RESEARCH ARTICLE


Assessment of Orthodontic Treatment Need in Kosovar Children



Albena Reshitaj1, *, Krenar Reshitaj2, Betina Bytyqi2
1 Department of Dentistry, Faculty of Medicine, University of Prishtina, Prishtina, Kosova
2 Department of Medicine, Faculty of Medicine, University of Prishtina, Prishtina, Kosova


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© 2019 Reshitaj et al.

open-access license: This is an open access article distributed under the terms of the Creative Commons Attribution 4.0 International Public License (CC-BY 4.0), a copy of which is available at: https://creativecommons.org/licenses/by/4.0/legalcode. This license permits unrestricted use, distribution, and reproduction in any medium, provided the original author and source are credited.

* Address correspondence to the author at the Department of Dentistry, Faculty of Medicine, University of Prishtina, St. Mother Teresa, Kosova;
Tel: +38344311406; E-mail: albena.reshitaj@uni-pr.edu


Abstract

Background:

To date, no survey was done in Kosovo for the identification of orthodontic treatment needs. The aim of this study is to assess the prevalence of orthodontic treatment need among Kosovar children of ages 11-13, using the DAI and the DHC-IOTN in the identification of orthodontic treatment need.

Methods:

A sample of 185 children (50.3% female, 49.7% male), aged between 11-13, was randomly selected from one elementary school in Prishtina. Orthodontic treatment need was measured using the Dental Aesthetic Index (DAI) and the dental health component of the Index of Orthodontic Treatment Need (DHC-IOTN).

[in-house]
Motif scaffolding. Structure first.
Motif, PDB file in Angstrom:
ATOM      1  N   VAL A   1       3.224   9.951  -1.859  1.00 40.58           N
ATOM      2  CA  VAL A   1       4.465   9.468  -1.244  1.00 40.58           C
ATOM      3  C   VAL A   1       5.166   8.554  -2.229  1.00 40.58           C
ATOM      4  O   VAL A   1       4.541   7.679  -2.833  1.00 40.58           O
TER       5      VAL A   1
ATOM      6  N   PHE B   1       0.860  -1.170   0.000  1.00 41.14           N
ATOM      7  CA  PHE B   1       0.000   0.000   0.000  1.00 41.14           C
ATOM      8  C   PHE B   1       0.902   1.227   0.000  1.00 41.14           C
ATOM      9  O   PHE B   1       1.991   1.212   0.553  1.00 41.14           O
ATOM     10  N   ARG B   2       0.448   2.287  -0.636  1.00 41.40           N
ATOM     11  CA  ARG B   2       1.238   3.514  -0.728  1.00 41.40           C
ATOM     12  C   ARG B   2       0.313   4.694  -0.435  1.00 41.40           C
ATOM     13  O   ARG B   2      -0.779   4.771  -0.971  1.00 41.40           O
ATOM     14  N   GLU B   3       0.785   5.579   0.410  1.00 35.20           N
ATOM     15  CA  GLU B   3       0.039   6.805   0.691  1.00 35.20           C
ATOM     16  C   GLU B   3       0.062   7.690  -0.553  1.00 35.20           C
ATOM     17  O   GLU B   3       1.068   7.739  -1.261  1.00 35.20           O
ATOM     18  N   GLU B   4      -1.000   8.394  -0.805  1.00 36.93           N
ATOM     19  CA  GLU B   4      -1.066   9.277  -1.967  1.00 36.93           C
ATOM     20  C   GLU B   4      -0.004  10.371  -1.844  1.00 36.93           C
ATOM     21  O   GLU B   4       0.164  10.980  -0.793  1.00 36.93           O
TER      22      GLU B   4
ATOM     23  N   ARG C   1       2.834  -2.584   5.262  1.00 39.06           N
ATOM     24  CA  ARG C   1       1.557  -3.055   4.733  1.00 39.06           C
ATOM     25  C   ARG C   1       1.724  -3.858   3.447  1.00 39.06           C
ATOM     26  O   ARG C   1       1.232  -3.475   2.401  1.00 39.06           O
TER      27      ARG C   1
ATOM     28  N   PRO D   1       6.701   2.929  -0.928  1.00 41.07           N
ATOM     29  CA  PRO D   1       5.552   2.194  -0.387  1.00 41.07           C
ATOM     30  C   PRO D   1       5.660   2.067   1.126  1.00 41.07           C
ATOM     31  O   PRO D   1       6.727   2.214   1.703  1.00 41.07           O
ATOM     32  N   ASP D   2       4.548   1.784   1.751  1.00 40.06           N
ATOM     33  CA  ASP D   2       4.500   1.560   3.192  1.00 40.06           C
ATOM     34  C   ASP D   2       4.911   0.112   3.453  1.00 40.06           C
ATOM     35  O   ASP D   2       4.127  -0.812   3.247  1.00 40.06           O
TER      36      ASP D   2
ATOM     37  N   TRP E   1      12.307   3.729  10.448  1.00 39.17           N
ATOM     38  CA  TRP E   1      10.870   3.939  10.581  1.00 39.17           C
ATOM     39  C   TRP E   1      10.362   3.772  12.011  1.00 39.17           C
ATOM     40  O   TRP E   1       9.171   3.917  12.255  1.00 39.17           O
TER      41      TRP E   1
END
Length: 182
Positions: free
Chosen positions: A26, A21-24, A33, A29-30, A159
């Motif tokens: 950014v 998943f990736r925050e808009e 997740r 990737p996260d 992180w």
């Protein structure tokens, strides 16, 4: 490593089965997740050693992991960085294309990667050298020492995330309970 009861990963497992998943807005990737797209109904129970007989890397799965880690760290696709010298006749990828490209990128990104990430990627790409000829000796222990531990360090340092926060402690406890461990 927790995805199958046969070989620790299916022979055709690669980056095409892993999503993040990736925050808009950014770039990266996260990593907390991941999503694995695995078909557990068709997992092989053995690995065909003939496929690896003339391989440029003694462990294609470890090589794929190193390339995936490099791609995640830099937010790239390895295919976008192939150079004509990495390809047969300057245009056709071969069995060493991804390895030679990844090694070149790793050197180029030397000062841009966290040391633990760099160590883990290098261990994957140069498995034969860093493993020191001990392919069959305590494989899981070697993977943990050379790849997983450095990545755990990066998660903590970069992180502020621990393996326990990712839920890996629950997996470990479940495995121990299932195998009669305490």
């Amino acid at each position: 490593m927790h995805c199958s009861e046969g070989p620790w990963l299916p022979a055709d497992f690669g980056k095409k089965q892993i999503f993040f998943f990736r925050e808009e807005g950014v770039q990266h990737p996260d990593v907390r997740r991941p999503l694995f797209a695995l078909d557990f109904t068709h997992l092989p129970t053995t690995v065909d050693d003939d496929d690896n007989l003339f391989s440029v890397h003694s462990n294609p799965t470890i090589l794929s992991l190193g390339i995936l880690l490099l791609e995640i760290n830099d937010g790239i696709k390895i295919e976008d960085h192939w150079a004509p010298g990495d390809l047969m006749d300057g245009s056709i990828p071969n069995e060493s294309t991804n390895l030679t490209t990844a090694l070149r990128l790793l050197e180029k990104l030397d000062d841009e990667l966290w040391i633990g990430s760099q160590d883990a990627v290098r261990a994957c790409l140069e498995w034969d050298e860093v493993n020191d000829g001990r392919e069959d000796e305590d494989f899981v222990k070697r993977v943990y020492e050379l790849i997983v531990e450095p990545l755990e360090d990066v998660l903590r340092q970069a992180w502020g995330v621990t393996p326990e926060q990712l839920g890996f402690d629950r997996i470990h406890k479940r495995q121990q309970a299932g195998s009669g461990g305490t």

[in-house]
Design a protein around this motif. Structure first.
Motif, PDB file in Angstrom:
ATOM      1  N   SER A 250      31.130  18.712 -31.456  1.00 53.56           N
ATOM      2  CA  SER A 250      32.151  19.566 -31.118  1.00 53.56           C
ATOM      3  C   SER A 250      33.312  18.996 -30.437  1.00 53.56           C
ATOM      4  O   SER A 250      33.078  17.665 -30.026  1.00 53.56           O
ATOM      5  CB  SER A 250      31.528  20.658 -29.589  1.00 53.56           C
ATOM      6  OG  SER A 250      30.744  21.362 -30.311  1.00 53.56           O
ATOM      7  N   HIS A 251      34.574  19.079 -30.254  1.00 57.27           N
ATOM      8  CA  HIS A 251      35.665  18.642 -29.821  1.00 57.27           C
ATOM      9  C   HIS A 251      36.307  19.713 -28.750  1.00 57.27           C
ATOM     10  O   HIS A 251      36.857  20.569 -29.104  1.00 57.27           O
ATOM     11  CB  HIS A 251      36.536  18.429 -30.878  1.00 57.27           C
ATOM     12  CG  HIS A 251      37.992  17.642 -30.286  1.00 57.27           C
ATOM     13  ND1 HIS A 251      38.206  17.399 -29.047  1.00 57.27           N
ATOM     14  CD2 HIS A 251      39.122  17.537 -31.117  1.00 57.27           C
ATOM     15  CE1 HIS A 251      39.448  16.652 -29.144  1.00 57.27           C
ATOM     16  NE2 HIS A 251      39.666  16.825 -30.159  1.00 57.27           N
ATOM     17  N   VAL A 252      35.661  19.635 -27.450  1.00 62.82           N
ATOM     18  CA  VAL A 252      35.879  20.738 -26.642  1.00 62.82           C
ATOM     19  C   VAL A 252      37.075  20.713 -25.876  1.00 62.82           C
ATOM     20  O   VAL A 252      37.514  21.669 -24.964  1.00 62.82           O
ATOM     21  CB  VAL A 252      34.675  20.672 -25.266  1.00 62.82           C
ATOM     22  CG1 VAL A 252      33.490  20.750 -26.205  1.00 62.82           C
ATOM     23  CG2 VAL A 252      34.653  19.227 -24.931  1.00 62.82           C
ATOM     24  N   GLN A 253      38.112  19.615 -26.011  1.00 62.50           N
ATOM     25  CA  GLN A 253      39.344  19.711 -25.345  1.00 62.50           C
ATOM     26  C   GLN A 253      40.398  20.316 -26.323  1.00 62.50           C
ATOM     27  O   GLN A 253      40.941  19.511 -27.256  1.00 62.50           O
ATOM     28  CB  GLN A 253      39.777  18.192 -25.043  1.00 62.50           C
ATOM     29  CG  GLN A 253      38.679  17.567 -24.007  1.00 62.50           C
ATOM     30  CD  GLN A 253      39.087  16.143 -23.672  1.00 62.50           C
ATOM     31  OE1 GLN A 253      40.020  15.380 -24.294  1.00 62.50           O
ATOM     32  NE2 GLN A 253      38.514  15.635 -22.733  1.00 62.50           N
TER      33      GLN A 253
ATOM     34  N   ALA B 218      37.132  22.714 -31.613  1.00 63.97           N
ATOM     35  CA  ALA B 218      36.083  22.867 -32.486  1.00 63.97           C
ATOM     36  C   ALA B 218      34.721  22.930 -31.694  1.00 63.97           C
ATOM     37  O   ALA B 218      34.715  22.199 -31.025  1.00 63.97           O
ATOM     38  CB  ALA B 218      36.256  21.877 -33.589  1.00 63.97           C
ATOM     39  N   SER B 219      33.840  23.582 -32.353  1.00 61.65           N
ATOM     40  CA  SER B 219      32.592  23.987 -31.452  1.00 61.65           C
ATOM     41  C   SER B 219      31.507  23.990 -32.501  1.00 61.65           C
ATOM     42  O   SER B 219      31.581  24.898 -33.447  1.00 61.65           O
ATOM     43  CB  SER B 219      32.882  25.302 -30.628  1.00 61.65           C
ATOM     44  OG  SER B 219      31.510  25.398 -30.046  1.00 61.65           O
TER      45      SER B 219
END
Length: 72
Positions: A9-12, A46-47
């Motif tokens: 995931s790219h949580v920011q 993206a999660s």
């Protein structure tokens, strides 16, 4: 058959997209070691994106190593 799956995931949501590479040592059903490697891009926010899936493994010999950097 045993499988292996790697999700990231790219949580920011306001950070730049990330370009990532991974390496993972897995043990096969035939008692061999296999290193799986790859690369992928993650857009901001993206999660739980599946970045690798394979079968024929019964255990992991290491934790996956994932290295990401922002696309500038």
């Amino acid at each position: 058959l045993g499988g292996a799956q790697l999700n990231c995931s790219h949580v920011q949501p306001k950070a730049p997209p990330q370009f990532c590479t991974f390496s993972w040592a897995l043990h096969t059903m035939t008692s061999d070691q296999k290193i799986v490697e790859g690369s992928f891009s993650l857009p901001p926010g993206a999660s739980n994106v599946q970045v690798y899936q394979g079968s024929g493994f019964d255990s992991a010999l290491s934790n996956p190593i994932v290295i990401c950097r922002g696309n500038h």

Results:

Based on DAI, treatment was found as elective in 11.9 percent of the children. Treatment was found as highly desirable and mandatory in 5.9 percent and 4.3 percent of children, respectively. No gender-based significant differences were noted. According to IOTN DHC: 16.2 percent of children had borderline treatment need, while 66.5 percent had severe and extreme treatment need (grades 4 and 5). Again, no significant gender-based differences in the treatment need were found.

Conclusion:

High prevalence of orthodontic treatment need was identified in Kosovar children of ages 11-13, while no gender-based statistically significant differences were noted in the need for orthodontic treatment.

Keywords: Orthodontic treatment need, IOTN, DAI, Epidemiology, Orthodontics, Public health.



1. INTRODUCTION

Several studies show that there is an increase in the prevalence of orthodontic anomalies, leading to an increase in the need for orthodontic treatment [1-11]. Most of the orthodontic patients are children and adolescents and information on the orthodontic treatment prevalence among this category allows national budget planning in the most convenient way. Orthodontic anomalies besides functional limitation cause psychological effect too [12], thus emphasizing its importance of treatment. Information about the prevalence of malocclusion and early detection of malocclusion, as a result, early orthodontic treatment allows better national funds allocations.

Kosovo as a new state has no data about the prevalence of malocclusion or orthodontic treatment need, thus research articles on the epidemiology of malocclusion offer information on oral health anomalies among specific age population.